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Watkins v. Commissioner of Social Security Administration

United States District Court, D. Arizona

March 31, 2017

Patrick Fitzgerald Watkins, Plaintiff,
v.
Commissioner of Social Security Administration, Defendant.

          ORDER

          Douglas L. Rayes United States District Judge.

         Plaintiff applied for supplemental security income on November 15, 2011, claiming disability since the filing date. (AR 22, 166-74.) After state agency denials, Plaintiff testified at a hearing before an Administrative Law Judge on May 16, 2014. (AR 22-41.) The ALJ issued a written decision one month later, finding Plaintiff not disabled within the meaning of the Social Security Act. (AR 15-35.) This became Defendant's final decision when the Appeals Council denied review. (AR 1-3.)

         Plaintiff then commenced this action for judicial review pursuant to 42 U.S.C. § 405(g). (Doc. 1.) After receipt of the administrative record (Doc. 10), the parties briefed the issues for review concerning Plaintiff's alleged mental disability (Docs. 17, 19, 22). For reasons stated below, Defendant's decision is reversed and the case remanded for an award of benefits.

         STANDARD OF REVIEW

         The district court reviews only those issues raised by the party challenging the Commissioner's decision. See Lewis v. Apfel, 236 F.3d 503, 517 n.13 (9th Cir. 2001). The court may set aside the decision if it is based on legal error or not supported by substantial evidence. See Orn v. Astrue, 495 F.3d 625, 630 (9th Cir. 2007). Substantial evidence is more than a scintilla but less than a preponderance, and such relevant evidence that a reasonable person might accept as adequate to support a conclusion considering the record as a whole. Id. Where “the evidence is susceptible to more than one rational interpretation, one of which supports the ALJ's decision, the ALJ's conclusion must be upheld.” Thomas v. Barnhart, 278 F.3d 947, 954 (9th Cir. 2002). The court, however, reviews “only the reasons provided by the ALJ in the disability determination and may not affirm the ALJ on a ground upon which [she] did not rely.” Garrison v. Colvin, 759 F.3d 995, 1010 (9th Cir. 2014).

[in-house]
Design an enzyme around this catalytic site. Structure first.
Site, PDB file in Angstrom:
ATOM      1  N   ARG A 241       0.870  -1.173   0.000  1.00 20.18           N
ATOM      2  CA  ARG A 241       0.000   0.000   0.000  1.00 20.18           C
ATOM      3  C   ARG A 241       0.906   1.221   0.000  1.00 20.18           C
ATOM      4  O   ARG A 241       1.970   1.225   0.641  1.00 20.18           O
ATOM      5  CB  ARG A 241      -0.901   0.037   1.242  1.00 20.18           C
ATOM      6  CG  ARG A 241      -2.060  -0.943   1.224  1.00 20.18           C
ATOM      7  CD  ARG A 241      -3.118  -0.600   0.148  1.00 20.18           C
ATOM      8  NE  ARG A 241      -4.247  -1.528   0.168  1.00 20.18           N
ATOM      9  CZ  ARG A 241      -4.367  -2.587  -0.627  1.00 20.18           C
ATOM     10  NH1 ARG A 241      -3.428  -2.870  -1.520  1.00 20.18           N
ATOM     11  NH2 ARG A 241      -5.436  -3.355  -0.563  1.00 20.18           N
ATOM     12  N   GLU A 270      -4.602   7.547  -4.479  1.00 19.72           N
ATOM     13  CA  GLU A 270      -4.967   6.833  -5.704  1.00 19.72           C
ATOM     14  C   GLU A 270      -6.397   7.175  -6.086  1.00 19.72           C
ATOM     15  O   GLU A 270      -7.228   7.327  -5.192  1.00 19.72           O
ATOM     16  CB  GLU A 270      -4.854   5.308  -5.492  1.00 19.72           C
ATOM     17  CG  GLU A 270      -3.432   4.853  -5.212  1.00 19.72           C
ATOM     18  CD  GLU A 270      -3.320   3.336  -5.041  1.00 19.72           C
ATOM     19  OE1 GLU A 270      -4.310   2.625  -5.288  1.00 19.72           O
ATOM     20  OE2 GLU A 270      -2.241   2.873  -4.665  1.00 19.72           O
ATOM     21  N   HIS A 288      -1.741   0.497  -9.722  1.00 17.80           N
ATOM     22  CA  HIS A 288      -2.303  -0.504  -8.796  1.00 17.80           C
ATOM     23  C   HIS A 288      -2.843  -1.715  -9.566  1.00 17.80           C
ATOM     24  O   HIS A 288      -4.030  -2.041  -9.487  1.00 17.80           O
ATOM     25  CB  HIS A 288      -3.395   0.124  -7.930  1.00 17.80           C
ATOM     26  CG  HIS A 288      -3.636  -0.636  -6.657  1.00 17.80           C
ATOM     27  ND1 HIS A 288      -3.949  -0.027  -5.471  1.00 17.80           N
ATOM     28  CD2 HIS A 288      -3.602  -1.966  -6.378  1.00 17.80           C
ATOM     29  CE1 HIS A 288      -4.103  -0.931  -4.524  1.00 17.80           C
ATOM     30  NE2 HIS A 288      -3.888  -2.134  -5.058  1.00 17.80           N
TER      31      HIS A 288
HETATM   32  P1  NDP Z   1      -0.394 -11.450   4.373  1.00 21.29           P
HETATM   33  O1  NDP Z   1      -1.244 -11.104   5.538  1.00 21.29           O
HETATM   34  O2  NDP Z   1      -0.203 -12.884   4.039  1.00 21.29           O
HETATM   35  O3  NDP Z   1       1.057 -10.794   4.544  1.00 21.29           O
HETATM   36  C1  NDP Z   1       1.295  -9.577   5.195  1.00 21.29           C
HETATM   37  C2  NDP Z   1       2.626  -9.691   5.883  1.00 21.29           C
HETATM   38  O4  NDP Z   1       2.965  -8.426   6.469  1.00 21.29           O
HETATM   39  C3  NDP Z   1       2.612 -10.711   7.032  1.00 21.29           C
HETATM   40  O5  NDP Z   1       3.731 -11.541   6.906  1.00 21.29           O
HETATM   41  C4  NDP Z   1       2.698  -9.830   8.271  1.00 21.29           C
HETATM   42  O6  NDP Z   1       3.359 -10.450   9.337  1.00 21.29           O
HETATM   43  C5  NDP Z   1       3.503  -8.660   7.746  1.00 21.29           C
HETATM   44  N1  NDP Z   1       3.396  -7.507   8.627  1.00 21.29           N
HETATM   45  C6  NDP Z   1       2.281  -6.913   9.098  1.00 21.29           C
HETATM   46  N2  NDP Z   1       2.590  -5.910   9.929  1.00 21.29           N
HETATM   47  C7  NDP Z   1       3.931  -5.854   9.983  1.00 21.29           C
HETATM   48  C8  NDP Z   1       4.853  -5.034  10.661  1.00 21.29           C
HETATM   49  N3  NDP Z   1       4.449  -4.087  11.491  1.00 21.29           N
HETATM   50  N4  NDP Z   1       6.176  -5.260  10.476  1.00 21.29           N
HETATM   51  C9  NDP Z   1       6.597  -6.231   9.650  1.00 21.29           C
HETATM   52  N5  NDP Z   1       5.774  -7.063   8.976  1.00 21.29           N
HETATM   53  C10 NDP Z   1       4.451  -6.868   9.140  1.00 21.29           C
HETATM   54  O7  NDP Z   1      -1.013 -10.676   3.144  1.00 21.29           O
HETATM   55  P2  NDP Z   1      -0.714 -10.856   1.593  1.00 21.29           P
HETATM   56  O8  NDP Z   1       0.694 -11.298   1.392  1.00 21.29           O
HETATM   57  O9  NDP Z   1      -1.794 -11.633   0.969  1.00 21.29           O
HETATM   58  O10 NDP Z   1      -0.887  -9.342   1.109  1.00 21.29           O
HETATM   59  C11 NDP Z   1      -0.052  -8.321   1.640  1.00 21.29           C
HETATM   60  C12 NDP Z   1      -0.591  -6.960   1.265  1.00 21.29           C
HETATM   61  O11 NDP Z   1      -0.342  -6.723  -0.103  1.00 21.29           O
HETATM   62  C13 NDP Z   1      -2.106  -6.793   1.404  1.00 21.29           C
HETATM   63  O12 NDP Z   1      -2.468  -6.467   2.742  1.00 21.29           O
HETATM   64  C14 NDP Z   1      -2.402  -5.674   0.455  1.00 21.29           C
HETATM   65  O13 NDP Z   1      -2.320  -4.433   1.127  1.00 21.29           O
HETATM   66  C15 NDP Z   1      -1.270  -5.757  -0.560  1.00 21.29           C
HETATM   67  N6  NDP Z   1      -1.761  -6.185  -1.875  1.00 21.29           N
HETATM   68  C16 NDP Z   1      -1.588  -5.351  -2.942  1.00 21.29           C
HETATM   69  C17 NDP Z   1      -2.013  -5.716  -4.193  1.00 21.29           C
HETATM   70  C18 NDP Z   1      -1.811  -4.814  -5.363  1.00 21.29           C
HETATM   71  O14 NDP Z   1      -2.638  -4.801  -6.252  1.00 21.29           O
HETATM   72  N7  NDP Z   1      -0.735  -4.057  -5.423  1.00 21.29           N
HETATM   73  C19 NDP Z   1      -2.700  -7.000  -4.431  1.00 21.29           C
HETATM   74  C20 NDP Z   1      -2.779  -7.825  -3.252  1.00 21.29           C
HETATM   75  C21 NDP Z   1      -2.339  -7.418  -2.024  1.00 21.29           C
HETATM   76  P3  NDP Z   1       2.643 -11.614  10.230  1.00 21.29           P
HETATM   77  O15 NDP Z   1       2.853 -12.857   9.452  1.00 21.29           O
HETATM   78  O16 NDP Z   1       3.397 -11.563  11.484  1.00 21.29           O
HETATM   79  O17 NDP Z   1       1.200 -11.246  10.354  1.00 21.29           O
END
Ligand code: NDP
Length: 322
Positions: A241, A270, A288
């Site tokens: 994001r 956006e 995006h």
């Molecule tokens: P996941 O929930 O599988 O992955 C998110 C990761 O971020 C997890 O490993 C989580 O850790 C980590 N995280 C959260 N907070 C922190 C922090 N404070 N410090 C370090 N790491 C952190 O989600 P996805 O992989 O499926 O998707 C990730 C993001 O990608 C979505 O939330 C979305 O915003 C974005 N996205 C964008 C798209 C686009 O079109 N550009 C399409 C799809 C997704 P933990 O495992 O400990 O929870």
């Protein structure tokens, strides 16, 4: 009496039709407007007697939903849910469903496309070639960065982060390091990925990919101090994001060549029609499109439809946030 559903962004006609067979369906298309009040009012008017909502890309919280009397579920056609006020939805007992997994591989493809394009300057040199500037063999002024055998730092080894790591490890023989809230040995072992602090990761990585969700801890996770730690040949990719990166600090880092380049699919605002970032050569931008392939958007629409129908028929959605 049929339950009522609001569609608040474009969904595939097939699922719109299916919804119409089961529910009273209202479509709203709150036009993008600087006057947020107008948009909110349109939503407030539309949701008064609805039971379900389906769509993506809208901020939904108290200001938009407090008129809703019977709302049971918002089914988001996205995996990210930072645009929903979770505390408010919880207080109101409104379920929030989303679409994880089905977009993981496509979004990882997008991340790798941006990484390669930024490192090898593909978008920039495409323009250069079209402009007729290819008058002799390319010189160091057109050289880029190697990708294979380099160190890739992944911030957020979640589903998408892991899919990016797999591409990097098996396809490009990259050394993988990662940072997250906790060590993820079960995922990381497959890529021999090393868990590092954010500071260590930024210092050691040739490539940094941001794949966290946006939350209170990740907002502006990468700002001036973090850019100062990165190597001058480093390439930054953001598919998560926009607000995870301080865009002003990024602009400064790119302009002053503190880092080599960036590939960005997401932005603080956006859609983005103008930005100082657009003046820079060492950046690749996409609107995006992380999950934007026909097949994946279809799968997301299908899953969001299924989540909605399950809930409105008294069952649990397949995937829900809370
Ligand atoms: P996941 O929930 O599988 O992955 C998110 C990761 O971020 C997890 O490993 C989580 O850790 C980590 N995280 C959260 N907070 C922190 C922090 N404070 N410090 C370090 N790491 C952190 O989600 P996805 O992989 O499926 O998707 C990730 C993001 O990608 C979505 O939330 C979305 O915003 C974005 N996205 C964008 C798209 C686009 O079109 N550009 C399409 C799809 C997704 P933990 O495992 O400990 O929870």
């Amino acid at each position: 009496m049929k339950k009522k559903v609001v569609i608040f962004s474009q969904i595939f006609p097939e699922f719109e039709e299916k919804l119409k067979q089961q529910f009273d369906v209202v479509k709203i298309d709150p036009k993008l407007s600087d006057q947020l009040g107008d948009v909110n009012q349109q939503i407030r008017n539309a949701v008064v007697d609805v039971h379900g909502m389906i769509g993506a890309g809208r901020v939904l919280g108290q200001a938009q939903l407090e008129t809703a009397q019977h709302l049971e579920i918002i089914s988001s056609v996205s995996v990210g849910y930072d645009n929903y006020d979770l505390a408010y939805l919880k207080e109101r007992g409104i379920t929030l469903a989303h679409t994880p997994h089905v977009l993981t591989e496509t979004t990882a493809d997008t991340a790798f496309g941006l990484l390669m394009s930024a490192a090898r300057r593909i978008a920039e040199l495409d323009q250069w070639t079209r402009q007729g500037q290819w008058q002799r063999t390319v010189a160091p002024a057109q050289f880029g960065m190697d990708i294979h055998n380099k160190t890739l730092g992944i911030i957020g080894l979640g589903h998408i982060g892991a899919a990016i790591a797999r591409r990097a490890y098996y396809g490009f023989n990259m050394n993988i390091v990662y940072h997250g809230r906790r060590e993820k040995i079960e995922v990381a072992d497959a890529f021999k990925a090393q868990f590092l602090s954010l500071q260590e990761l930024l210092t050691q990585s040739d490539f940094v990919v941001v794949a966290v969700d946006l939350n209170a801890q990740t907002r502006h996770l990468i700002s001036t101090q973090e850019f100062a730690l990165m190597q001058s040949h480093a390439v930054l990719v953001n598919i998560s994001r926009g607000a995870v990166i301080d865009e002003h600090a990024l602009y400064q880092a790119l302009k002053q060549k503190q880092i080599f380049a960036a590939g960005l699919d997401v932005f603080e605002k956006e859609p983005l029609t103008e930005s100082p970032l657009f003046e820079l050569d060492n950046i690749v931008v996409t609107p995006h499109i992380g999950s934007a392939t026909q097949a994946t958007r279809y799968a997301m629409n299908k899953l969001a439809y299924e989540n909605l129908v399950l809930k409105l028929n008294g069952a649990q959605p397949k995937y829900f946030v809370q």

DISCUSSION

         Whether a claimant is disabled is determined using a five-step evaluation process. The claimant must show that (1) he is not currently working, (2) he has a severe impairment, and (3) his impairment meets or equals a listed impairment or (4) his residual functional capacity (RFC) precludes him from performing past work. If the claimant meets his burden at step three, he is presumed disabled and the process ends. If the inquiry proceeds and the claimant meets his burden at step four, the Commissioner must show at the fifth and final step that the claimant is able to perform other work given his RFC, age, education, and work experience. 20 C.F.R. § 416.920(a)(4)(i)-(v).

         Plaintiff has met his burden at steps one and two: he has not worked since the alleged date of disability and has severe intellectual disability, depressive disorder, psychotic disorder, and polysubstance dependence in partial remission. (AR 24-25.) The ALJ found at step three that Plaintiff's impairments do not meet or equal a listed impairment. (AR 25-28.) The ALJ then determined that Plaintiff has the RFC to perform a range of medium work limited to simple, repetitive tasks in jobs that are not fast-paced and do not require working as a team or with the public. (AR 28-35.) Based on this RFC and testimony from a vocational expert, the ALJ determined at step four that Plaintiff is not disabled because he can perform his past job as a construction worker. (AR 36.)